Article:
The Boston Celtics will have an interim head coach on the sidelines this upcoming NBA season, and everyone outside of the Northeast may be wondering:
Exactly who is Joe Mazzulla?
In the wake of Celtics coach Ime Udoka being suspended for the entire 2022-23 season for having an intimate relationship with a female member of the franchise’s staff, Mazzulla has been elevated from assistant to interim head coach of the defending Eastern Conference champions.
The move continues a meteoric rise for Mazzulla within basketball coaching circles. In three years, he has gone from coaching in Division II to the helm of a team projected to have the most wins in the NBA this season, according to Caesars Sportsbook.
Mazzulla, 34, is the youngest head coach to take over a team that reached the NBA Finals the prior season since Lawrence Frank in 2003-04, per ESPN Stats & Information research. (That year, Frank took over midseason when the New Jersey Nets — who had made the Finals the prior two seasons — fired head coach Byron Scott.)
He is also the youngest to be in that position to start a season since late Celtics legend Bill Russell, who became player-coach of the franchise in 1966-67 at 32 years old.
Mazzulla and Utah Jazz coach Will Hardy — who was Udoka’s lead assistant last season, before being hired in the summer by former Celtics president of basketball operations Danny Ainge to replace Quin Snyder — are now tied for the distinction of being the youngest head coach in the NBA.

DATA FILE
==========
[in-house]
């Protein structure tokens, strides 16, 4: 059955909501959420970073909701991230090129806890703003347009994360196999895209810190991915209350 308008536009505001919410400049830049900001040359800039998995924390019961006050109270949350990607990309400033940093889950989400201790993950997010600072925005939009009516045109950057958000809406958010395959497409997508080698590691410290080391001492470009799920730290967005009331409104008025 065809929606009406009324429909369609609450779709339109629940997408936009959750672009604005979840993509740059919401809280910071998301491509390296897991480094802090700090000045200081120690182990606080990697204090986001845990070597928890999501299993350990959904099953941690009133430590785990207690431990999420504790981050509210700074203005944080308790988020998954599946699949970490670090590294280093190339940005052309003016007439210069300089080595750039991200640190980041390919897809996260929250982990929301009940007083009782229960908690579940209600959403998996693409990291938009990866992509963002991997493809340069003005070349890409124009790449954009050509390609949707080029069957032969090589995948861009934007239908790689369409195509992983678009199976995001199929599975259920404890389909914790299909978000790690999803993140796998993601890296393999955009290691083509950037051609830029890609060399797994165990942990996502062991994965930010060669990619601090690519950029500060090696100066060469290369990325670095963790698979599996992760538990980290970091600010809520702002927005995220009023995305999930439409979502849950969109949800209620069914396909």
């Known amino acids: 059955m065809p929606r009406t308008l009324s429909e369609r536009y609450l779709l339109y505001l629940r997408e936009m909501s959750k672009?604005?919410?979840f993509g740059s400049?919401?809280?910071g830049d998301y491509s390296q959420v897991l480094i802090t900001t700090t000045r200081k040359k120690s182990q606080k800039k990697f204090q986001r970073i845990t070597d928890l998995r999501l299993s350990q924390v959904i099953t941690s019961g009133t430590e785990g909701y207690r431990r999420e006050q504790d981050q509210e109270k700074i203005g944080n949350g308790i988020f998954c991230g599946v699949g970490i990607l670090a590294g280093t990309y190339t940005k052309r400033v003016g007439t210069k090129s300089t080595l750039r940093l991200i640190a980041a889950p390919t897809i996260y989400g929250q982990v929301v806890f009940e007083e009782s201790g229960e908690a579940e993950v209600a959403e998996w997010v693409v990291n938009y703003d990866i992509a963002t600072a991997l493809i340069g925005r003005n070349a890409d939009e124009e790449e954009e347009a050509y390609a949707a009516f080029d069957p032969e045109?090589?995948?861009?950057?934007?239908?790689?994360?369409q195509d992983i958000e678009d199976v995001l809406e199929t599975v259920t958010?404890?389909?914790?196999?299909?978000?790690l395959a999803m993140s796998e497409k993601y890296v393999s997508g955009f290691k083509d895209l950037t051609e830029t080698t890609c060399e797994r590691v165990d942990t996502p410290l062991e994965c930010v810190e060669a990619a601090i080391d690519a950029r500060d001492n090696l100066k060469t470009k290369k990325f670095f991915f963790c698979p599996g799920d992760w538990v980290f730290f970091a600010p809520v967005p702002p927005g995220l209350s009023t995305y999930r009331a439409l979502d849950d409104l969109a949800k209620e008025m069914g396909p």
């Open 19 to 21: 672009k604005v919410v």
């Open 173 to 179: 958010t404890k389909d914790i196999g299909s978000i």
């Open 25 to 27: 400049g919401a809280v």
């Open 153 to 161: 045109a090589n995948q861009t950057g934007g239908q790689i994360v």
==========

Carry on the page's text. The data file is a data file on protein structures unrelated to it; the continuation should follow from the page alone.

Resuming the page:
The two of them, however, couldn’t have different expectations coming into the season. Shortly after hiring Hardy, Ainge traded away Rudy Gobert and then Donovan Mitchell, sending the Jazz into a full-on rebuild as a result.
Mazzulla, meanwhile, takes over a championship contender coming off a magical run to the Finals — and does so with only two years of head-coaching experience (at a small college) under his belt.
Here’s a look at the young coach’s past experience, along with the task ahead of him this season:
Mazzulla’s road to the NBA
Mazzulla made his name playing 145 games for West Virginia from 2006 to 2011, first for John Beilein and then Bob Huggins.
He was arrested twice while in college at West Virginia — once, in 2008, for underage drinking and aggravated assault, a case in which he pled guilty and paid a fine, and then in 2009 for domestic battery after an incident at a bar, a case that was settled out of court and didn’t go to trial.
After college, Mazzulla spent five years as an assistant coach in the Division II ranks — with Glenville State from 2011 to 2013, and Fairmont State, located roughly 20 miles southwest of Morgantown, West Virginia, from 2013 to 2016.
The Celtics had been high on Mazzulla — who is from Warwick, Rhode Island — for some time. They initially brought him into the NBA’s orbit in 2016, when they hired him as an assistant for the G League’s Maine Red Claws. Two years later, then-Celtics head coach Brad Stevens hired Mazzulla.
Following his one season in the G League, Mazzulla returned to Fairmont State as its head coach in 2017, going a combined 43-17 across two seasons before coming to the Celtics in 2019.
When Udoka came aboard in June 2021, Mazzulla remained on the Celtics’ staff.